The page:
By middle age, the professional life story for many may be a tale of twists and turns, jobs that come and go, perhaps a career change or two.
Not so for Defiance County Engineer Warren Schlatter, a Republican. Since graduating from Defiance High School in 1991, his story has been one of stability.
A math whiz in high school, he said he originally thought about a career in architecture, but “that was a lot of art, and I wasn’t very good at that.” His architectural interest was leaning toward buildings, and eventually morphed into a career of building things.
About the same time he was offered a part-time job by the county’s then elected engineer — Gaylon Davis — while he continued in the University of Akron’s engineering program. He worked for Davis during summers and Christmas break, earning his degree from Akron in 1995.
Before graduation day arrived, Schlatter already had accepted an offer from Davis to take a full-time job with the county engineer’s office. He’s been a fixture there since graduation — and won four unopposed elections for the office’s top position in 2004, 2008, 2012 and 2016.
“While I had other work during high school, this is the only place I’ve worked since,” recalled Schlatter, 46, whose father, Bill, was an engineer at Defiance’s General Motors plant for many years before retiring.
Davis’ job offer fit well into Schlatter’s early plans because before he could become a professional engineer and surveyor, he would need to serve four years under a licensed engineer and surveyor.
That he did, acquiring his surveyor’s license in 2001 and his engineer’s license in 2002 while an employee of the office he now leads. Things came together pretty quickly from there for Schlatter.
After four terms as Defiance County’s elected engineer, Davis — who also had been the Defiance city engineer from 1978-88 — decided not to seek re-election in 2004, and Schlatter stepped forward.
He said he didn’t necessarily know when he started full-time in the mid 1990s that he’d seek the leadership position, and even when Davis was talking about retiring, Schlatter said he “would have been fine” continuing with his work in the county engineer’s office. But no other qualified candidates — they have to be professional engineers and surveyors — were interested in running, he said, so he decided to give it a try.
“I was just pretty happy to do the engineering work and didn’t necessarily have that in my mind,” explained Schlatter, who plans to run for another four-year term in 2020.
He’s not regretted the public service avenue — as opposed to a career in the private sector — and oversees the county’s highway department and the planning of county infrastructure projects.
“One of the things I enjoy the most about my job is you see and get involved in the total life cycle of what you’re working on,” he said. “It’s pretty unique.”
As an engineer in the private sector, or with the Ohio Department of Transportation, for example, “you’re going to become an expert in a small area of the practice,” explained Schlatter. “Here you get to be involved in the bigger picture.”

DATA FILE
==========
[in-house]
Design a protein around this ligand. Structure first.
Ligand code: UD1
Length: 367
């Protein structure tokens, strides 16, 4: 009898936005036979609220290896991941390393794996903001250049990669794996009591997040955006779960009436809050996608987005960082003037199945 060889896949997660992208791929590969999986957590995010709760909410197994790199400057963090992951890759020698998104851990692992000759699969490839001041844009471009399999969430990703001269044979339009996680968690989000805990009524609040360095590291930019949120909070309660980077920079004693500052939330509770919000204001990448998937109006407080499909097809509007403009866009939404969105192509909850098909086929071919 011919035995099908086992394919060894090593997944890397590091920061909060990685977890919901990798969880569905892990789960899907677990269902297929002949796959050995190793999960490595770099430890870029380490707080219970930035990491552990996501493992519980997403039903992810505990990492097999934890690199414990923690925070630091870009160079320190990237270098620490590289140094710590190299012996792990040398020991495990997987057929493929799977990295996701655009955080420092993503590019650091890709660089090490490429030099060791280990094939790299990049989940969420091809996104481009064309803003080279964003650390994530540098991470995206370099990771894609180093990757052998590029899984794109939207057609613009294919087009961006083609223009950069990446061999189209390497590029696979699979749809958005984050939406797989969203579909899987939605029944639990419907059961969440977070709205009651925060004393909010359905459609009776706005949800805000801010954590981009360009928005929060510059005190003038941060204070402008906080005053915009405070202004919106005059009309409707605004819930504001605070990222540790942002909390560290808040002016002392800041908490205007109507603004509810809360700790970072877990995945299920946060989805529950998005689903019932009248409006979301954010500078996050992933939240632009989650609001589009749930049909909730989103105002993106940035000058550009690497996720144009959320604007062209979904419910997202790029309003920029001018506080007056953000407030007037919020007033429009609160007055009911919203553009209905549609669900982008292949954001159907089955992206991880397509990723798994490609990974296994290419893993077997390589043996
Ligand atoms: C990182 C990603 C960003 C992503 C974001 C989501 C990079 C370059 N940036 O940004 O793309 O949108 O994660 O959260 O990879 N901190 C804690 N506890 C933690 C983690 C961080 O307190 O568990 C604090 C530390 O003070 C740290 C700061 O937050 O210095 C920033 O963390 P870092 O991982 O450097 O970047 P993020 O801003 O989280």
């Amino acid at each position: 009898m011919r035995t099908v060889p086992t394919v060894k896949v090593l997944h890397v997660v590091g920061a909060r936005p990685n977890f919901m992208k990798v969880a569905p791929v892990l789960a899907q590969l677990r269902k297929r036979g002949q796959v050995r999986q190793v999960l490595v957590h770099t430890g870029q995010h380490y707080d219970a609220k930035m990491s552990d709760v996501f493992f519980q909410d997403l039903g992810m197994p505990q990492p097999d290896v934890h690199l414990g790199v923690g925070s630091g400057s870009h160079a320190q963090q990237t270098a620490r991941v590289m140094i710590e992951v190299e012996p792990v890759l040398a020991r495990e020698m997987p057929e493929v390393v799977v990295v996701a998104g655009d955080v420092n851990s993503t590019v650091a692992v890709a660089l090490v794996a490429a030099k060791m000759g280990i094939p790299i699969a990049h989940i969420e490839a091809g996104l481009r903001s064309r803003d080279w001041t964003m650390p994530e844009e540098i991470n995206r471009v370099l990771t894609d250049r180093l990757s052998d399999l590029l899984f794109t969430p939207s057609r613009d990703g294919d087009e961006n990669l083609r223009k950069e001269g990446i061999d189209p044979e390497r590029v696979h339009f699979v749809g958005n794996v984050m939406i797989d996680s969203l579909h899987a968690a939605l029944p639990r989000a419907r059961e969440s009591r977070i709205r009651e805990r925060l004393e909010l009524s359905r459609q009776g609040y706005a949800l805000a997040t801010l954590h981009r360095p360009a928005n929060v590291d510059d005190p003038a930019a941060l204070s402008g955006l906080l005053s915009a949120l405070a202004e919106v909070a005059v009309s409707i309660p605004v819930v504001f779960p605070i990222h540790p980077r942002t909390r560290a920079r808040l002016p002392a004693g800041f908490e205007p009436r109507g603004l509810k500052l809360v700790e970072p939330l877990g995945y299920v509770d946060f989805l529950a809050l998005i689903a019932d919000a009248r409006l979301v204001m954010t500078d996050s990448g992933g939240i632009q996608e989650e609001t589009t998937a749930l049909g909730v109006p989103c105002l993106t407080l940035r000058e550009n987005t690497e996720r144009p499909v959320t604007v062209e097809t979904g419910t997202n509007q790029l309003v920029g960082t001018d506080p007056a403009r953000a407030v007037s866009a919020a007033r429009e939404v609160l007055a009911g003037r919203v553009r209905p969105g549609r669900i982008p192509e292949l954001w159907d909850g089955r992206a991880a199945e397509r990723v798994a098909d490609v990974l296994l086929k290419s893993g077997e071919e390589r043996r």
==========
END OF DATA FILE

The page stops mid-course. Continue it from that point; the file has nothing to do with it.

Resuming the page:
One example is a bridge abutment construction method (geosynthethic reinforced soil) that his office has made good use of for more than a decade. The process involves a composite material and compacted gravel, and has been a cost-effective method that attracted federal observers in 2007 and 2008.
He noted that Defiance County has the most such abutments of any political subdivision in the nation.
It’s not the only example of Schlatter moving forward with a cost-effective method.
When long-time county landfill manager Tim Houck retired in 2016, Schlatter took over the operation in addition to his elected position, a move that saved the county money in more than one way.
Schlatter said engineering costs — considerable in an environmental sensitive area as landfill management — have been cut in half (from $300,000), while legal fees were reduced from $80,000 to $2,000.
He continues with that additional duty today, and is happy with the way things have worked out.
Asked why the engineering and landfill duties were combined, he said: “As I look around at government in general, if we want our taxes to be lower and things to be more efficient, we have to find ways to collaborate and share. So, we pulled their (landfill) office in with our office. ... It’s just one tiny example.”Outside the office, Schlatter has plenty of responsibilities as well.
He and his wife, Cindy, who he married in 1997, have seven children. And Schlatter is a lay pastor at Apostolic Christian Church in Junction, south of Defiance.
Modest and soft-spoken, Schlatter said that he tries to “live his faith,” which is how he said he approaches his work as well.
Given his professionalism, career longevity and accomplishments, he seems to be succeeding.
On the cover: Defiance County Warren Schlatter poses for a recent photo in his office on Court Street in Defiance. Schlatter has been the county’s elected engineer since 2005, and has been employed there in some capacity since his college days.
-C-N Photo by Todd Helberg